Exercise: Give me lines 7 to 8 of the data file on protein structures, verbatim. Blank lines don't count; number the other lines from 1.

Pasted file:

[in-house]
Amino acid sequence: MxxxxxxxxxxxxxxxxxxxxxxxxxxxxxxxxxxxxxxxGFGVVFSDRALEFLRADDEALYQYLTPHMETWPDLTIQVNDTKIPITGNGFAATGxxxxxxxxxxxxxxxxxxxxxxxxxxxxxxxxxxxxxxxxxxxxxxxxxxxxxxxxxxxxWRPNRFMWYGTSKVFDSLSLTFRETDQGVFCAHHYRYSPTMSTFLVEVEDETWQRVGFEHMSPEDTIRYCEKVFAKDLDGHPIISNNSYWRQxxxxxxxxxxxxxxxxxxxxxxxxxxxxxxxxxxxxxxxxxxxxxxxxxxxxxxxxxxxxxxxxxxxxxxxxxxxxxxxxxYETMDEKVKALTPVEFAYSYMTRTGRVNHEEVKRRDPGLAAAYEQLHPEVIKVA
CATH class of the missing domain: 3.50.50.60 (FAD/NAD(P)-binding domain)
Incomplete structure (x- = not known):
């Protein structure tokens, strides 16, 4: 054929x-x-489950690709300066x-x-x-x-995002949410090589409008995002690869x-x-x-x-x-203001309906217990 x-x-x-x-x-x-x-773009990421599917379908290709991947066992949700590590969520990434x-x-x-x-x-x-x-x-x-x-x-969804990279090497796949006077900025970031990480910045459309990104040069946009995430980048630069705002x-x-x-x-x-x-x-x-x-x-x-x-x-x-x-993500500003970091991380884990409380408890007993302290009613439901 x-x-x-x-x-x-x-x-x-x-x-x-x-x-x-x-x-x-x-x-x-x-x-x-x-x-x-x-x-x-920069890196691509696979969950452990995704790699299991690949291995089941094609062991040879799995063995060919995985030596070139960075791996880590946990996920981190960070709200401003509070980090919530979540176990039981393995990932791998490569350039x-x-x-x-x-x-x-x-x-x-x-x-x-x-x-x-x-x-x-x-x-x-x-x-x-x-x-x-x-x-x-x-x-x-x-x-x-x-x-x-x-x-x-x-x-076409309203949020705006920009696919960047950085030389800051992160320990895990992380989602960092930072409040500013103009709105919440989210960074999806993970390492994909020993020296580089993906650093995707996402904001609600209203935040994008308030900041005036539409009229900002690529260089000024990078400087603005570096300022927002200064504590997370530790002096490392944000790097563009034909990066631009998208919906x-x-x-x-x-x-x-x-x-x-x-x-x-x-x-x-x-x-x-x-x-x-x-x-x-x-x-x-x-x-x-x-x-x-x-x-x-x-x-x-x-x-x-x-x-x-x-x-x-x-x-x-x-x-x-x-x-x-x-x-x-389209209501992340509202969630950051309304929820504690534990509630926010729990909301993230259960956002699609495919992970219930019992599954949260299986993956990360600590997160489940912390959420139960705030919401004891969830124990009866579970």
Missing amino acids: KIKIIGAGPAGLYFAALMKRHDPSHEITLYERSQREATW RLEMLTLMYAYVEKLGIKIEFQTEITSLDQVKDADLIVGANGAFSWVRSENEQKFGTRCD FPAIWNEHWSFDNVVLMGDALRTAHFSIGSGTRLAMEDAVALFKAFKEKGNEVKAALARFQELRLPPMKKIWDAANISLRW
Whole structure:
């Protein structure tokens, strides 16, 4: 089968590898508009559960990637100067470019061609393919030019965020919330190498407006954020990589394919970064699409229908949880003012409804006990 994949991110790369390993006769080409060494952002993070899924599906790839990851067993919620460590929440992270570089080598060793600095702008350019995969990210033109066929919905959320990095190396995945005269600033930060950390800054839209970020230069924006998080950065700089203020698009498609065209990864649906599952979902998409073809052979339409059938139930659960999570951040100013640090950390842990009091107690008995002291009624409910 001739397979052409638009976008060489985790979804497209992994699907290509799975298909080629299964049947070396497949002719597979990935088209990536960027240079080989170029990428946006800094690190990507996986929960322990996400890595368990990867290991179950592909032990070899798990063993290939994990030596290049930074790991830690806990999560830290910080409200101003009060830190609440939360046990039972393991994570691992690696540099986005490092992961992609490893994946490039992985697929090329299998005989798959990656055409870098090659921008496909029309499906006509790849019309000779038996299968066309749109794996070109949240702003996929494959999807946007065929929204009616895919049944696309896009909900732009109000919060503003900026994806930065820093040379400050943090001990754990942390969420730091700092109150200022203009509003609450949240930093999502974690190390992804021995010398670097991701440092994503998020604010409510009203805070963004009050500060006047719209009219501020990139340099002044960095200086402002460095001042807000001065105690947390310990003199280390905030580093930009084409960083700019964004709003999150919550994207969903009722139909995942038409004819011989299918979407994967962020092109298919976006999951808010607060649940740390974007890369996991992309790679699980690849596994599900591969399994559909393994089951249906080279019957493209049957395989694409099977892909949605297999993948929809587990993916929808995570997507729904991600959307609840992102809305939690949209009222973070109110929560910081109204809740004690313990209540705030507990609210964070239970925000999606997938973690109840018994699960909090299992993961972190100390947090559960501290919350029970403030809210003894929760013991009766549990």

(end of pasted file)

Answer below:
Whole structure:
């Protein structure tokens, strides 16, 4: 089968590898508009559960990637100067470019061609393919030019965020919330190498407006954020990589394919970064699409229908949880003012409804006990 994949991110790369390993006769080409060494952002993070899924599906790839990851067993919620460590929440992270570089080598060793600095702008350019995969990210033109066929919905959320990095190396995945005269600033930060950390800054839209970020230069924006998080950065700089203020698009498609065209990864649906599952979902998409073809052979339409059938139930659960999570951040100013640090950390842990009091107690008995002291009624409910 001739397979052409638009976008060489985790979804497209992994699907290509799975298909080629299964049947070396497949002719597979990935088209990536960027240079080989170029990428946006800094690190990507996986929960322990996400890595368990990867290991179950592909032990070899798990063993290939994990030596290049930074790991830690806990999560830290910080409200101003009060830190609440939360046990039972393991994570691992690696540099986005490092992961992609490893994946490039992985697929090329299998005989798959990656055409870098090659921008496909029309499906006509790849019309000779038996299968066309749109794996070109949240702003996929494959999807946007065929929204009616895919049944696309896009909900732009109000919060503003900026994806930065820093040379400050943090001990754990942390969420730091700092109150200022203009509003609450949240930093999502974690190390992804021995010398670097991701440092994503998020604010409510009203805070963004009050500060006047719209009219501020990139340099002044960095200086402002460095001042807000001065105690947390310990003199280390905030580093930009084409960083700019964004709003999150919550994207969903009722139909995942038409004819011989299918979407994967962020092109298919976006999951808010607060649940740390974007890369996991992309790679699980690849596994599900591969399994559909393994089951249906080279019957493209049957395989694409099977892909949605297999993948929809587990993916929808995570997507729904991600959307609840992102809305939690949209009222973070109110929560910081109204809740004690313990209540705030507990609210964070239970925000999606997938973690109840018994699960909090299992993961972190100390947090559960501290919350029970403030809210003894929760013991009766549990």